Scott Kamber of Kamber & Associates, a New York law firm that sued Sony BMG last year for its use of a rootkit, told InformationWeek on Monday that the lawsuit initially claimed that Ameritrade knew about the data breach last November. However, he says he now has information that the company knew about the ongoing breach a full year ago.

Kamber, who filed the suit this past May, had recently filed a preliminary injunction asking the court to compel Ameritrade to disclose the data breach and the compromised information to current and prospective customers. The company was given a two-week adjournment and made the public announcement during that recess.

"I am glad customers finally know of the compromise of their personal information," said Kamber. "I'm not pleased it took the company so long to do that."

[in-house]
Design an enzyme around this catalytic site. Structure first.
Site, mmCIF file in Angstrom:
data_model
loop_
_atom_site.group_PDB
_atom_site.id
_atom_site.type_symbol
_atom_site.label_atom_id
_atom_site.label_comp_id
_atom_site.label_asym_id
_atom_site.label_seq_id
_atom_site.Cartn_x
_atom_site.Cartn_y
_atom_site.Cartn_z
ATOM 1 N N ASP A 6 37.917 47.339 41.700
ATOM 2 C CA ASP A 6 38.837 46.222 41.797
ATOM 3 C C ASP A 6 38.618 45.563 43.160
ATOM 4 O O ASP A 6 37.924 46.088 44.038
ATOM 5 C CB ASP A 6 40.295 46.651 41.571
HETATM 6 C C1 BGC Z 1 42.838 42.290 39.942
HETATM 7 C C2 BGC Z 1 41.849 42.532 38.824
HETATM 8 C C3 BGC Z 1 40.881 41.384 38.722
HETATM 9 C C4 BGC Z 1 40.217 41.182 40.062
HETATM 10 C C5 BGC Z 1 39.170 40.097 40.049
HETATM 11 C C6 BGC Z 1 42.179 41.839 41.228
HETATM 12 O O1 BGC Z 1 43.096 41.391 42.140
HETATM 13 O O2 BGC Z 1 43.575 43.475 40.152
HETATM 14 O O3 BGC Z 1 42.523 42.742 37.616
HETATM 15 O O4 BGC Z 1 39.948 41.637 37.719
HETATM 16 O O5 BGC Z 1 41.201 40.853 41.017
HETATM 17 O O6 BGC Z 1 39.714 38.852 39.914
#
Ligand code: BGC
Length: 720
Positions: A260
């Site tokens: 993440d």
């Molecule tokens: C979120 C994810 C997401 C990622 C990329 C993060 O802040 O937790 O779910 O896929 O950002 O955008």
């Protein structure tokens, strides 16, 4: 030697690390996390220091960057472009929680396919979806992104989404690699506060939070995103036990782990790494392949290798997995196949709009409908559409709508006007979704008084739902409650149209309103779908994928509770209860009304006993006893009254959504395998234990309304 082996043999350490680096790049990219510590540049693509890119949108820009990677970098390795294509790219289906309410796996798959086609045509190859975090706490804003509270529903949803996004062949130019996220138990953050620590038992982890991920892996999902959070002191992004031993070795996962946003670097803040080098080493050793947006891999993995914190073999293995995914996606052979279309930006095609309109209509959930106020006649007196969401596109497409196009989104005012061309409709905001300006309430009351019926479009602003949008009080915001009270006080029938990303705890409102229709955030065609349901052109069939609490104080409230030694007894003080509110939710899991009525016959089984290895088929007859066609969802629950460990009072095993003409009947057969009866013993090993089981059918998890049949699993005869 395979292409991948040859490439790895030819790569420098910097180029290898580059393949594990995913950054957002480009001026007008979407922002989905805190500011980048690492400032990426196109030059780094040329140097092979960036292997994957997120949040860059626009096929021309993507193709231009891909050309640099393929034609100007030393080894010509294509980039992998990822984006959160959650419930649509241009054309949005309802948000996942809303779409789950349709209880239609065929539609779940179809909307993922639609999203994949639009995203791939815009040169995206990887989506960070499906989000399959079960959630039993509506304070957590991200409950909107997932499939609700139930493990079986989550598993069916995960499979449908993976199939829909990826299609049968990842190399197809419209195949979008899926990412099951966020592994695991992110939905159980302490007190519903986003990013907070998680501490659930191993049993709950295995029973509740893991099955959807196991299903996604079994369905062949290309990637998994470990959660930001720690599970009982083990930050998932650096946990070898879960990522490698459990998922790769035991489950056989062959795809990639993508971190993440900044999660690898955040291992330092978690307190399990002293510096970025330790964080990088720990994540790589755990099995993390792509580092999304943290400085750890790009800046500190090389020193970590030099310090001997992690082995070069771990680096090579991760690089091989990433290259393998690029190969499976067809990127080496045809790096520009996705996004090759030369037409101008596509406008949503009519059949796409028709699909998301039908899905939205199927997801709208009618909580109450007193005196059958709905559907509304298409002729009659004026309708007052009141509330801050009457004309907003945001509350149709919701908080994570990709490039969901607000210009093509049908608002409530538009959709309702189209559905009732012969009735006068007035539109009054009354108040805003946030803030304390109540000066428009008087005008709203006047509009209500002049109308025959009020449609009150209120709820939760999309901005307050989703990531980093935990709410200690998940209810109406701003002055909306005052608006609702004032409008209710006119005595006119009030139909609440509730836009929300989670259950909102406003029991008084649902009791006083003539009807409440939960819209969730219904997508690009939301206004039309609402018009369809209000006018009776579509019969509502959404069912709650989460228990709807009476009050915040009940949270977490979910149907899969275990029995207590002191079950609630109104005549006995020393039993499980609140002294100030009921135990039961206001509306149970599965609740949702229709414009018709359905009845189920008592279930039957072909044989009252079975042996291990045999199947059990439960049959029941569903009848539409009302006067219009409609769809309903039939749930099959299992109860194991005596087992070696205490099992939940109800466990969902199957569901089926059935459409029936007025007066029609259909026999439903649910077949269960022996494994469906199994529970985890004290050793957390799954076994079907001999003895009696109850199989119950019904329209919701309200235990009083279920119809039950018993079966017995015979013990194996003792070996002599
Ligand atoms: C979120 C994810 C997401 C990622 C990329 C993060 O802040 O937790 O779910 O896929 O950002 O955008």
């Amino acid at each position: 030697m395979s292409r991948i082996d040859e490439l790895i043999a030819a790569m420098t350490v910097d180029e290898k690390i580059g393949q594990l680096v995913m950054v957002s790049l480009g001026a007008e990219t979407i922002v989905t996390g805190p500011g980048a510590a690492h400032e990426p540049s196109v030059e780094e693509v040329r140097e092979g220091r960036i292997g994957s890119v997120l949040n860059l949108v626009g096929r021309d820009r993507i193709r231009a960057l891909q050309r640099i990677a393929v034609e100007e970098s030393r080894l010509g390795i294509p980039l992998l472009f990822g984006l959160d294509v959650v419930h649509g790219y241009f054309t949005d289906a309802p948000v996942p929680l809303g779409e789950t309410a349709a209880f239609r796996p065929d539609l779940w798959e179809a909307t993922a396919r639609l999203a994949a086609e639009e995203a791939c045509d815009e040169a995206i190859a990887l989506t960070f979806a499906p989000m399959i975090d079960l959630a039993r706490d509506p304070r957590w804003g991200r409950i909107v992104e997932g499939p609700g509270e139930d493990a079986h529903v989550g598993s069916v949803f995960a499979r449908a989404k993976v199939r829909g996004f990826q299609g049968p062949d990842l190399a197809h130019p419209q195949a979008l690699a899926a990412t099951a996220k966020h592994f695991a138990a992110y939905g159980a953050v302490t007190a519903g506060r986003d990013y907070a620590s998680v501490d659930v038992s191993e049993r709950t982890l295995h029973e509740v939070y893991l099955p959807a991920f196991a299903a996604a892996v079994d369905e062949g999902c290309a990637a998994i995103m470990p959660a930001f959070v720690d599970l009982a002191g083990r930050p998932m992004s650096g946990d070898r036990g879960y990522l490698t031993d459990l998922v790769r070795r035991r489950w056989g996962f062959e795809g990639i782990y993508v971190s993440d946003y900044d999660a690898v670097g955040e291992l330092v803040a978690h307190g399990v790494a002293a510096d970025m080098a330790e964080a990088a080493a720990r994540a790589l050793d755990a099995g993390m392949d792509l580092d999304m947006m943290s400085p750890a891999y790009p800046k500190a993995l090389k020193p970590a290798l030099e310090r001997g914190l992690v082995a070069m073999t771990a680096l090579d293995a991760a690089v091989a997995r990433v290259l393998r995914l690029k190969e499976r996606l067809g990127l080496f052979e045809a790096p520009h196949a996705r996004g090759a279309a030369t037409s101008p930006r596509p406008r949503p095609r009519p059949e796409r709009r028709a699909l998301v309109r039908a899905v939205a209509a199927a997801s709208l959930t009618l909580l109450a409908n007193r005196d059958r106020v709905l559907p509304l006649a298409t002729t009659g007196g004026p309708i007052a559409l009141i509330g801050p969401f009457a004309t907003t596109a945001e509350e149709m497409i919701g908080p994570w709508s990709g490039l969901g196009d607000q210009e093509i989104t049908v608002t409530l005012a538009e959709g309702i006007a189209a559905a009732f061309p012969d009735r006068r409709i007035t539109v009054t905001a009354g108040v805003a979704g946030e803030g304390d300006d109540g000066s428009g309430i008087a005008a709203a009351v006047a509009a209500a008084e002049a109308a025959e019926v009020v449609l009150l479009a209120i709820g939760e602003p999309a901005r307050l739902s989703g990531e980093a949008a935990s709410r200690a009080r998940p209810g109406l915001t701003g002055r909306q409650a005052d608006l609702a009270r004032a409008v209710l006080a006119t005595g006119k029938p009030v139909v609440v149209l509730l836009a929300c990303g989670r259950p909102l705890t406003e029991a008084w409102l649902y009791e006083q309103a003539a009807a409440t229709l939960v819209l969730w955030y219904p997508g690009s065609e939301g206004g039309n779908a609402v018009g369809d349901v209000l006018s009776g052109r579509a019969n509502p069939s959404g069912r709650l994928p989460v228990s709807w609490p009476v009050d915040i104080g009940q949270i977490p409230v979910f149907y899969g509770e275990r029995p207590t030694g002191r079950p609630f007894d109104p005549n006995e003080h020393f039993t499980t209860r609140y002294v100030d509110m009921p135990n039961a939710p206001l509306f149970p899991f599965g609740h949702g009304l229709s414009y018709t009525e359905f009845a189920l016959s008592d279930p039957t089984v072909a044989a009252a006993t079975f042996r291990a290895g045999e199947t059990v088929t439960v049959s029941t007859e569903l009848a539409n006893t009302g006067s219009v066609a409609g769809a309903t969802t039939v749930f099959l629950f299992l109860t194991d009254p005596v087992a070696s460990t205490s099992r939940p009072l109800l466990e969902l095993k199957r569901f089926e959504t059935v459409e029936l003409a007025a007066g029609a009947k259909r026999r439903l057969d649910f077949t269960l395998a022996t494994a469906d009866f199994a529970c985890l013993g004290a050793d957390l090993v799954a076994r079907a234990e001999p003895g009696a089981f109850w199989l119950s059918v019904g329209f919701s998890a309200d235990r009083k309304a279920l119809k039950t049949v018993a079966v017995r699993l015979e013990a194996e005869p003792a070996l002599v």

Hillyer said she could not comment on ongoing litigation but said, "As soon as we discovered it, we stopped it. And as soon as we had gathered enough information, we notified our clients."

Ameritrade notified the FBI and the U.S. Securities and Exchange Commission last week, according to the spokeswoman.

It's apparent that the nexus of Information Security, Digital Forensics, eDiscovery, Legal Risk and Reputation Management have imploded in Bellevue, NE yet this will not be the last place we hear about this kind of incident. If a Rootkit is on a server there, you can be sure that there are others at a another broker or investment management firm near you.